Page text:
them will, no doubt, go on increasing, for they are justly, on account of the many desirable qualities they combine, appreciated very highly.—Translated for the Popular Science Monthly from La Nature.
|RAINFALL ON THE PLAINS.|
THE general impression seems to be that the rainfall has increased and is increasing on our "plains" because of their settlement and cultivation. It is fancied that, as the population moves westward, augmented precipitation follows, so that there is now sufficient rain where ten or twenty years ago it was too dry. Travelers who ride swiftly across this region in a day find towns and catch glimpses of farming operations where five years ago they saw but a barren waste. They conclude that a marked climatic change has taken place, and infer that it can only be due to the presence of population. They fancy that the cultivation of the land must produce marked hygrometric results. That this is a remarkable fallacy becomes certain when attention is called to the evidence.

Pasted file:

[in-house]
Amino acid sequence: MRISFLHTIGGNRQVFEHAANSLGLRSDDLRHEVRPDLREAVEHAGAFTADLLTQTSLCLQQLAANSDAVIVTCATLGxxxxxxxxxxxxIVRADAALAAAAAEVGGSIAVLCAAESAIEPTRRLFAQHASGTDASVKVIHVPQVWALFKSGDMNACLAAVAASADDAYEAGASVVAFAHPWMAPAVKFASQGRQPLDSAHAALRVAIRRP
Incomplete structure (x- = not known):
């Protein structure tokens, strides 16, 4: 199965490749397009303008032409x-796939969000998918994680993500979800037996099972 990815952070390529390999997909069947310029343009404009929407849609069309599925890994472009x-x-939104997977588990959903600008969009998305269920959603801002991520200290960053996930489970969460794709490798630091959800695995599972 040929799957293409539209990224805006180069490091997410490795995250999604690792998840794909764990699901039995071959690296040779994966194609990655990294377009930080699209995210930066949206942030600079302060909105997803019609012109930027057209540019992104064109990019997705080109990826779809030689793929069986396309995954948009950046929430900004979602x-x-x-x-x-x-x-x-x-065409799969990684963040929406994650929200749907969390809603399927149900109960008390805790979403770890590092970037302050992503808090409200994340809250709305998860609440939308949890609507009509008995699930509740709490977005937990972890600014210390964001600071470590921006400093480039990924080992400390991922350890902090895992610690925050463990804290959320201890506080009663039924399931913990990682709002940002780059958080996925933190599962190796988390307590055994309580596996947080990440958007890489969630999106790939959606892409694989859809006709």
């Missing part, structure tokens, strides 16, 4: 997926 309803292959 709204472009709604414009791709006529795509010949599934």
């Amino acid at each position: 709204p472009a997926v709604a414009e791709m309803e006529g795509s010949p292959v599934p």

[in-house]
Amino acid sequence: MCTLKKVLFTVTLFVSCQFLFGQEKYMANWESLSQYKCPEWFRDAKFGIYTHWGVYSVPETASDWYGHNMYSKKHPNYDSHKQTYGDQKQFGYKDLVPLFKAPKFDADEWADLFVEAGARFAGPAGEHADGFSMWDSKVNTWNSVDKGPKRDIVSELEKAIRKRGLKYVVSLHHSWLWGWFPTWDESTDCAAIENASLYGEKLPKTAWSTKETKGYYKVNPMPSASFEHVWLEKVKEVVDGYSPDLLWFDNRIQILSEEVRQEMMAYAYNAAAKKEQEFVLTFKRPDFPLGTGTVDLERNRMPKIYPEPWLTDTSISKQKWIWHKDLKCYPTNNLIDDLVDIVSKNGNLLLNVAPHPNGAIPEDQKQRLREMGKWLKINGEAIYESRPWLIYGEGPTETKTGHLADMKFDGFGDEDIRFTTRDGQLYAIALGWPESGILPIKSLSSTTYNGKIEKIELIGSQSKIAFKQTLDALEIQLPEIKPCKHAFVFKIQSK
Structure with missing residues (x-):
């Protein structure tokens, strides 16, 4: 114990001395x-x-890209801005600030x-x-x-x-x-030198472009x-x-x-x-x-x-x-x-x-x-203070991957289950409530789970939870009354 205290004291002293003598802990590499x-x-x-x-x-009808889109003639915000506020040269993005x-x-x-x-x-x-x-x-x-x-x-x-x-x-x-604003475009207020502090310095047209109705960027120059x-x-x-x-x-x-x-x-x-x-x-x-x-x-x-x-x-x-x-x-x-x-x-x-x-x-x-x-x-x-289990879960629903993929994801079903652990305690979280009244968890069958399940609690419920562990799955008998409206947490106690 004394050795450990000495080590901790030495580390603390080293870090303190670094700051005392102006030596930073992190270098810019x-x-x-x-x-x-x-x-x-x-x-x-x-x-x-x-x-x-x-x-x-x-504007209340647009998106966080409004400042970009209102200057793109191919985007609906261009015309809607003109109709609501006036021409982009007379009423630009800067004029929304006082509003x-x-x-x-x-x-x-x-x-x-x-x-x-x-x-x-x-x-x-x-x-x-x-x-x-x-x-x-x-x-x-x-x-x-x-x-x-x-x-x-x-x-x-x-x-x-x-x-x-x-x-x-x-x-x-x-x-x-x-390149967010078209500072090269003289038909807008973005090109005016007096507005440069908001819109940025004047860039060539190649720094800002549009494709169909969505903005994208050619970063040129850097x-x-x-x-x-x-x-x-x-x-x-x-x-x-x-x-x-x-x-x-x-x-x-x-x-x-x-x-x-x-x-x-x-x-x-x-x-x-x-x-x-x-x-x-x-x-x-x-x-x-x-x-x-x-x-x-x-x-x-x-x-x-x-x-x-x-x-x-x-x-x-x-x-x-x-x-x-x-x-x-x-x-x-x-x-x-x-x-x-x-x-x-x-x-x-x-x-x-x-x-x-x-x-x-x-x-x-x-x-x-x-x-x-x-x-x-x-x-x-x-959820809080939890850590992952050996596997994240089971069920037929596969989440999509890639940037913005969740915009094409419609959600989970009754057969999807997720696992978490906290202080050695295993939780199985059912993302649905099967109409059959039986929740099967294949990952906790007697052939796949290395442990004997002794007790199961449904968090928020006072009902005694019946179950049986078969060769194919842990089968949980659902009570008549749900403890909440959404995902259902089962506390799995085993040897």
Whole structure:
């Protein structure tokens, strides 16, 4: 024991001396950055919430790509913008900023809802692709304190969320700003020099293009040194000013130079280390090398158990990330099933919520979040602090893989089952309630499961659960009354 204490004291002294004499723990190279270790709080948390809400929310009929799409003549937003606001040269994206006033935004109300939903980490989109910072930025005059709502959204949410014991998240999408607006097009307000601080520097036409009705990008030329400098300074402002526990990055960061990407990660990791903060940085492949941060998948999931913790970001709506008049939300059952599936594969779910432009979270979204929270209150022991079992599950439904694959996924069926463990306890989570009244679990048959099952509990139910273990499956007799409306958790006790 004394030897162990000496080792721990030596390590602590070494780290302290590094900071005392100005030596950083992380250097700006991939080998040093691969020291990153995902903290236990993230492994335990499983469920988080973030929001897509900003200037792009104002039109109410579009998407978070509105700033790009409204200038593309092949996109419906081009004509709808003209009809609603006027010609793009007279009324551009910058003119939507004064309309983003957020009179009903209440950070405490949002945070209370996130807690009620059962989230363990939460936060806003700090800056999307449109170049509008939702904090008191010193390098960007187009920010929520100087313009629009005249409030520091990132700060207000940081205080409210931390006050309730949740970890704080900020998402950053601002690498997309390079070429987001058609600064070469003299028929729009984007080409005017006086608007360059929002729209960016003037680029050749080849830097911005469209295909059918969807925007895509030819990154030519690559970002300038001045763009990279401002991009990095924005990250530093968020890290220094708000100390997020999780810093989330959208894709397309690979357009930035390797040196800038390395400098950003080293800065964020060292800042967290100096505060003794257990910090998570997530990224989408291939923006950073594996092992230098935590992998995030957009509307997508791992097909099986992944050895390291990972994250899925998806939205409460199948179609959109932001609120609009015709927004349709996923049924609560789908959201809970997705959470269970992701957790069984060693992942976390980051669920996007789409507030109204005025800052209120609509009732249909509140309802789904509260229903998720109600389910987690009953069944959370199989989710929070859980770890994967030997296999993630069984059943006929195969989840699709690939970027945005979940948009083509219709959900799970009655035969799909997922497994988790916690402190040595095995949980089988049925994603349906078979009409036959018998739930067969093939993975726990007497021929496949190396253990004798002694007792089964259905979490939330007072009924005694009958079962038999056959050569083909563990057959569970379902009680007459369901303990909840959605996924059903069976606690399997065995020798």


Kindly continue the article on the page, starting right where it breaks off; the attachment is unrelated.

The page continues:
In the first place, neither history nor science gives any testimony to show that the tillage of the soil and the planting of trees